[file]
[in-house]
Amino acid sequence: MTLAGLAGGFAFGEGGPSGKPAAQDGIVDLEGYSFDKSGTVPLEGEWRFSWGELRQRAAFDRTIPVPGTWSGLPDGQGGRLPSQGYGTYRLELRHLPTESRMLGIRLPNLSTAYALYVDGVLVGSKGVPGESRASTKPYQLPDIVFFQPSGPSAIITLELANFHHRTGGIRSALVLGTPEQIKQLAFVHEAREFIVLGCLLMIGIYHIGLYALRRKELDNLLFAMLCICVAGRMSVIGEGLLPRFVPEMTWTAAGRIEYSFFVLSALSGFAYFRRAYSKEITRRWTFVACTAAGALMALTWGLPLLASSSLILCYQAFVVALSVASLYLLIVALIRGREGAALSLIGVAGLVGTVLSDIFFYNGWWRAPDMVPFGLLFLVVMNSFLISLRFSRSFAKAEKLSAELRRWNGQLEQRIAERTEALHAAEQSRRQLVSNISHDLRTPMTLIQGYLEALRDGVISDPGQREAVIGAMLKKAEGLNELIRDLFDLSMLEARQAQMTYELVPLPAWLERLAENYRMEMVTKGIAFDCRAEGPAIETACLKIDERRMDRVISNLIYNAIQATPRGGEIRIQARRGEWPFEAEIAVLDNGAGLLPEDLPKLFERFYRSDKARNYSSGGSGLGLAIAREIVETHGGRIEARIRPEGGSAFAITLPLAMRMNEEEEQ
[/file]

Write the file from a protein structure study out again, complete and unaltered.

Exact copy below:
[in-house]
Amino acid sequence: MTLAGLAGGFAFGEGGPSGKPAAQDGIVDLEGYSFDKSGTVPLEGEWRFSWGELRQRAAFDRTIPVPGTWSGLPDGQGGRLPSQGYGTYRLELRHLPTESRMLGIRLPNLSTAYALYVDGVLVGSKGVPGESRASTKPYQLPDIVFFQPSGPSAIITLELANFHHRTGGIRSALVLGTPEQIKQLAFVHEAREFIVLGCLLMIGIYHIGLYALRRKELDNLLFAMLCICVAGRMSVIGEGLLPRFVPEMTWTAAGRIEYSFFVLSALSGFAYFRRAYSKEITRRWTFVACTAAGALMALTWGLPLLASSSLILCYQAFVVALSVASLYLLIVALIRGREGAALSLIGVAGLVGTVLSDIFFYNGWWRAPDMVPFGLLFLVVMNSFLISLRFSRSFAKAEKLSAELRRWNGQLEQRIAERTEALHAAEQSRRQLVSNISHDLRTPMTLIQGYLEALRDGVISDPGQREAVIGAMLKKAEGLNELIRDLFDLSMLEARQAQMTYELVPLPAWLERLAENYRMEMVTKGIAFDCRAEGPAIETACLKIDERRMDRVISNLIYNAIQATPRGGEIRIQARRGEWPFEAEIAVLDNGAGLLPEDLPKLFERFYRSDKARNYSSGGSGLGLAIAREIVETHGGRIEARIRPEGGSAFAITLPLAMRMNEEEEQ